Beware of Fake Domain Name Renewal Notices

Domain name renewal schemes are nothing new – we’ve been dealing with them for years – but we figured it wouldn’t be a bad idea to bring them to your attention once again. A quick Google search brings up thousands of examples.

The usual tactic, known as domain slamming, is fairly basic – unethical companies mine WHOIS records for Registrant information and domain expiry dates. Then, months in advance, they contact the Registrant either by mail or email with a very official looking and sounding document or message that tells them to protect their valuable name by renewing early. A Google Images search brings up a couple of scanned examples.

Of course, when the Registrant sends the cheque or pays by credit card, thinking they are doing the right thing, what actually happens is that a Registrar transfer is initiated. The Registrant will then blindly go through the steps to complete the transfer, again thinking they are doing the right thing to protect their valuable domain name.

Combatting this is really fairly simple. I spoke with Paul Karkas, our Compliance Manager, who has been dealing with this kind of thing for years and has a few recommendations for resellers:

  1. WHOIS Privacy. This is the absolute best protection. It stops the practice dead in its tracks as there is no way for to contact the Registrant directly. Encourage your customers to take advantage of WHOIS Privacy and the protection it offers. Tucows includes WHOIS Privacy for free as part of our domains package.
  2. Domain locking. A locked domain can’t be transferred, again, preventing the domain slam. The transfer attempt may generate a support call by the Registrant to remove the lock, in which case you have the perfect opportunity to make sure the transfer is legitimate.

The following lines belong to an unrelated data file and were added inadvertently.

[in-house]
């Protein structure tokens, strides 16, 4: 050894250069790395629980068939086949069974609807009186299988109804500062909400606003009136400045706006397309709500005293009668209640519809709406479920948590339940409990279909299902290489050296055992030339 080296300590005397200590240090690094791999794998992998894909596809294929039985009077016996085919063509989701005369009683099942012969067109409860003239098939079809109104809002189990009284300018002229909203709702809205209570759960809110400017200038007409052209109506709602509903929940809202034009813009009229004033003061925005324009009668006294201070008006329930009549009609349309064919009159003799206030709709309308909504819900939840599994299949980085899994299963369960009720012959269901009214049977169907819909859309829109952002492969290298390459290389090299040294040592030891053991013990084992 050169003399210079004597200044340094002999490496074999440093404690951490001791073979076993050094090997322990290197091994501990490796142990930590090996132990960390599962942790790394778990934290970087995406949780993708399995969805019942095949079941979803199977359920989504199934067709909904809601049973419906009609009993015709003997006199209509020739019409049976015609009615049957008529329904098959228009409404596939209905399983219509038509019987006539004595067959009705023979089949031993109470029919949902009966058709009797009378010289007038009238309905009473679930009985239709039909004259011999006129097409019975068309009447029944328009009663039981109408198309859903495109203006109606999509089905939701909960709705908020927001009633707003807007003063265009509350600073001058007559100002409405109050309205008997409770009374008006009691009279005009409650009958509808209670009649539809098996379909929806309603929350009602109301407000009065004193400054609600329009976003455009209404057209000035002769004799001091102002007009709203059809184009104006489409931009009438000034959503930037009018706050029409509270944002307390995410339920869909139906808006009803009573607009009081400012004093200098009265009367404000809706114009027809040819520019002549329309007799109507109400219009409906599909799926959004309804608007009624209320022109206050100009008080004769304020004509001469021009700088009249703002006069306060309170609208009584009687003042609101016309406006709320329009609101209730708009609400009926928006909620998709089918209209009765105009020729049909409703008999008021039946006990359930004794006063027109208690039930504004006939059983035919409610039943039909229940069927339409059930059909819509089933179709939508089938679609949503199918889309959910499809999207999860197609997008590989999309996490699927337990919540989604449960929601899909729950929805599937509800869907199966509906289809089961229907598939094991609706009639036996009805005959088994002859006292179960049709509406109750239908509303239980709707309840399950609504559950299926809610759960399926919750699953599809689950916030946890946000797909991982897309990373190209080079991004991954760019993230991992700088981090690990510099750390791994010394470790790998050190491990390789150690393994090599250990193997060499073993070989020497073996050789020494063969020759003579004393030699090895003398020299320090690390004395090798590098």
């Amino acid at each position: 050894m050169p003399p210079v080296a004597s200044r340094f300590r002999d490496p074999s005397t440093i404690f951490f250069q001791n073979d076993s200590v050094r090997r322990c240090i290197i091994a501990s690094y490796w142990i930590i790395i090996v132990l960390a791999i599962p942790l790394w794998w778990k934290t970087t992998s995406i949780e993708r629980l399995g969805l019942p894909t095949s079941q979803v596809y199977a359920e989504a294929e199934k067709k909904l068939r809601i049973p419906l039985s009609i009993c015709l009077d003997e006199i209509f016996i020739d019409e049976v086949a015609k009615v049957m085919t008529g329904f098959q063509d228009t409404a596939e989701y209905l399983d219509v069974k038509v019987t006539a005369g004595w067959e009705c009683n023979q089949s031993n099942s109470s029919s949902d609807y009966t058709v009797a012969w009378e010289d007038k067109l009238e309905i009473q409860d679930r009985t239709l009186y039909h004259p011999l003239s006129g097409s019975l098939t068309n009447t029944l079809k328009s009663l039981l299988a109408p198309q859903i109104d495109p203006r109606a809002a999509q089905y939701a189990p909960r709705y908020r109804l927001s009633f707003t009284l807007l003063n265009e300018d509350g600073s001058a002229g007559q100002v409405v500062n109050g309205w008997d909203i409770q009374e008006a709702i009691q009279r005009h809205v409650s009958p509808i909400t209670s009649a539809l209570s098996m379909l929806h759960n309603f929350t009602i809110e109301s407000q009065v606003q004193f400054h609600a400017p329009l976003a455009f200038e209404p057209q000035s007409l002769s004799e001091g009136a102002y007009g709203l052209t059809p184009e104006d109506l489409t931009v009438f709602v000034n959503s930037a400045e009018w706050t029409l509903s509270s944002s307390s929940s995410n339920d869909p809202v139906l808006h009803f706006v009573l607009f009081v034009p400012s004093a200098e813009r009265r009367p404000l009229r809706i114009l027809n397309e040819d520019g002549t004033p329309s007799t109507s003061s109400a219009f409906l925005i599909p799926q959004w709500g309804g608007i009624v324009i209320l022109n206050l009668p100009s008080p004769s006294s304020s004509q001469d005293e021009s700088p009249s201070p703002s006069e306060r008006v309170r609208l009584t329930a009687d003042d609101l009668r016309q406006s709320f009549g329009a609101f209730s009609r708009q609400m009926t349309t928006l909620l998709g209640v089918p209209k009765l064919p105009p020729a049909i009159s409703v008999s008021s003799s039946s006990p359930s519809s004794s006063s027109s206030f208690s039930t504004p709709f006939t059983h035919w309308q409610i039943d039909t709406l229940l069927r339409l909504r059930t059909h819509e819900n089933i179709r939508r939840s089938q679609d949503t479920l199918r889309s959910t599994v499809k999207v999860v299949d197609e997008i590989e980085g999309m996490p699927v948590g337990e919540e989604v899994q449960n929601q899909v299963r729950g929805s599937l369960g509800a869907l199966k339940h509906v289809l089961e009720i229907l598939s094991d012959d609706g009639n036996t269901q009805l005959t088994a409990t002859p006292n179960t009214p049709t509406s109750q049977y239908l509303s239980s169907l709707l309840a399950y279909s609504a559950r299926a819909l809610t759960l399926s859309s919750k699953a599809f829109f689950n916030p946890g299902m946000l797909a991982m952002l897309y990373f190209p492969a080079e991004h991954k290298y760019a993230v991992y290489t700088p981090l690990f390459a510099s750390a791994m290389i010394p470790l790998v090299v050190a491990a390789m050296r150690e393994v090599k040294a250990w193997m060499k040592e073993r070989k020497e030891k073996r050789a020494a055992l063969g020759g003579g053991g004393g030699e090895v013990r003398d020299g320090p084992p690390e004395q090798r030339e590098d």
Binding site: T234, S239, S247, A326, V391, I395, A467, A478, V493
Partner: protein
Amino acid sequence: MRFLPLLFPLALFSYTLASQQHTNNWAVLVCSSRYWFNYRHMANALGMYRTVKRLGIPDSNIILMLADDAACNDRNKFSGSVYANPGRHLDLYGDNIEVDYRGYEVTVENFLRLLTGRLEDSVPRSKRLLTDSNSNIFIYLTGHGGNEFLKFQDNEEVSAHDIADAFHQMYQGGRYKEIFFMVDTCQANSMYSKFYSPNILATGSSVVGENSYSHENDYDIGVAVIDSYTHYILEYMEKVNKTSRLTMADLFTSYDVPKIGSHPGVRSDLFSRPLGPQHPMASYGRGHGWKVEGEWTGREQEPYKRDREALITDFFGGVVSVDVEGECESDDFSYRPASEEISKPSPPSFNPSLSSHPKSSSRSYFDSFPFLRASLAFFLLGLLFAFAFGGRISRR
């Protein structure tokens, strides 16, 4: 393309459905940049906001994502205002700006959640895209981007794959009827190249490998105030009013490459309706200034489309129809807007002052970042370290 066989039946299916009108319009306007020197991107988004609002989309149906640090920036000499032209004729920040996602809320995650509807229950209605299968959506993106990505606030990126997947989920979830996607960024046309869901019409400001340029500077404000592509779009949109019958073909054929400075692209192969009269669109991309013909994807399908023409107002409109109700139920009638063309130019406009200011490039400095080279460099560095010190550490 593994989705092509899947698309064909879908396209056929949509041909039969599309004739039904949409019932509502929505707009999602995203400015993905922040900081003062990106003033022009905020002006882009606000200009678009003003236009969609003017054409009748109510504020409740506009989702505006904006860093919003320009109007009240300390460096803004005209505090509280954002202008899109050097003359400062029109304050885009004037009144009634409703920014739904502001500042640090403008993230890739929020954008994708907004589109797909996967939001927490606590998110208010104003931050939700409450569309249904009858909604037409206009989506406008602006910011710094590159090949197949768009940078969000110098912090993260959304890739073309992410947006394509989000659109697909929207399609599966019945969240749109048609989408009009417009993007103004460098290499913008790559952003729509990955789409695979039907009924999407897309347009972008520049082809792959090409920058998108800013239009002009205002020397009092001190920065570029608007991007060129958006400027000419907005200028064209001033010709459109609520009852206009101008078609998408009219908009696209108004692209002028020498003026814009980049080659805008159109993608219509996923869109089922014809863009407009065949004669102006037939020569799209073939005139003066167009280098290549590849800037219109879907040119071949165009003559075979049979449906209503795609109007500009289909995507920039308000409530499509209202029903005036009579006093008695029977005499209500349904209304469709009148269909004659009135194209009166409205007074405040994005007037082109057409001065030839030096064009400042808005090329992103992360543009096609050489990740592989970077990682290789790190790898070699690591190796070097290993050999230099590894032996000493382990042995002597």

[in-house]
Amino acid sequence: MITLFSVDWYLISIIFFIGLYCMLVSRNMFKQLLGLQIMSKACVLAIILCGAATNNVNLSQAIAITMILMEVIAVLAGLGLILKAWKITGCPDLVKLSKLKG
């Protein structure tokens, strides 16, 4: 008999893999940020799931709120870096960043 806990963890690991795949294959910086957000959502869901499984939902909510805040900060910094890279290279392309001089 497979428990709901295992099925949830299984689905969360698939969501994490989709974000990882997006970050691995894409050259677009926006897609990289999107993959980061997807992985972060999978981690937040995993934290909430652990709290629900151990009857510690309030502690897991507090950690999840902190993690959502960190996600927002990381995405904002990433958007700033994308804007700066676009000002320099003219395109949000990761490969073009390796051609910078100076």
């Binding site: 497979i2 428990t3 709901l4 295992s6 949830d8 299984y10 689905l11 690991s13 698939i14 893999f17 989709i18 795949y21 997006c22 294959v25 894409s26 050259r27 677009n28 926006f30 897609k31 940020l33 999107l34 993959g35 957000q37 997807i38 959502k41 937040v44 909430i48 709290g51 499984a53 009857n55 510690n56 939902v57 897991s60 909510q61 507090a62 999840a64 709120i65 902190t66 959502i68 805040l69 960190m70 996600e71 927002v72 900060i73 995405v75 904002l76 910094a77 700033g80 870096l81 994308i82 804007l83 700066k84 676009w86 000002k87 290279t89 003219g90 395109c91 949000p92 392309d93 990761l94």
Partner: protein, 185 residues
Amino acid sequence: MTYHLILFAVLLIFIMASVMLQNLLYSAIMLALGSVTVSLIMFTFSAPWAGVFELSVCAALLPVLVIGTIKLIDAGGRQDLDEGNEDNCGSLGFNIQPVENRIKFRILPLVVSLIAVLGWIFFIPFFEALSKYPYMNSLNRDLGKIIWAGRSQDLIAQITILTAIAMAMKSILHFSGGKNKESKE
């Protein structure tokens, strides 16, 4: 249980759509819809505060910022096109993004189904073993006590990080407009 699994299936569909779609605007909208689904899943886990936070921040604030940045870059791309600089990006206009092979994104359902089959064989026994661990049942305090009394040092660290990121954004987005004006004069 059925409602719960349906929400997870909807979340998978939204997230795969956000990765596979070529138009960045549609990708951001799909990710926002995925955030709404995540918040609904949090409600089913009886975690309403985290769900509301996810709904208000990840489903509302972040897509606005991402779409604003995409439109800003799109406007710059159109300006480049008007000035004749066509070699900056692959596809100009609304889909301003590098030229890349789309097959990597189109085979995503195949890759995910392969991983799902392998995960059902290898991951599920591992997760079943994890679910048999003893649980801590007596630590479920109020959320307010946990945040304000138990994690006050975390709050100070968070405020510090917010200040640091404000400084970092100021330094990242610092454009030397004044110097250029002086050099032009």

3. Communication. Let your customers know about this practice and ensure that your customers know who you are and who their Registrar is. Clearly spell out your communication policies surrounding renewals (i.e. “We never send mail invoices reminding you to renew.”) before the scammers have a chance to spread their mis-information.

The Registrant is only one of the victims in domain slamming. When your customers get taken by fake notices like these, you lose their domain business. But if you take the time to educate your customers, you reap the benefits of a better relationship in which the customer knows that you are on their side, looking out for their interests.

One thought on “Beware of Fake Domain Name Renewal Notices

  1. Ian F. Hood

    I, fortunately, have not lost any domains to this scam, even though my clients were being deluged. I should point out that locking would prevent the transfer from proceeding, but there would be absolutely nothing that could be done to retrieve the money paid to the scammer.

    WhoIs Privacy has certainly stopped the mailouts, but I have noticed a new behaviour which I suspect is a scam but I don’t yet understand how it works.

    Via my WhoIs ‘inquiries’ email I have begun receiving emails that offer to purchase ad space on my (customers’) websites, even quoting the domain name. The name of the author (as declared in the text) does not in any way match the name of the email account from which the email was sent and I have received multiple variants per domain.

    I have not replied to any of these emails and I have instructed my customers to also ignore them. As I said, I am not sure what this group is up to, but something smells fishy.

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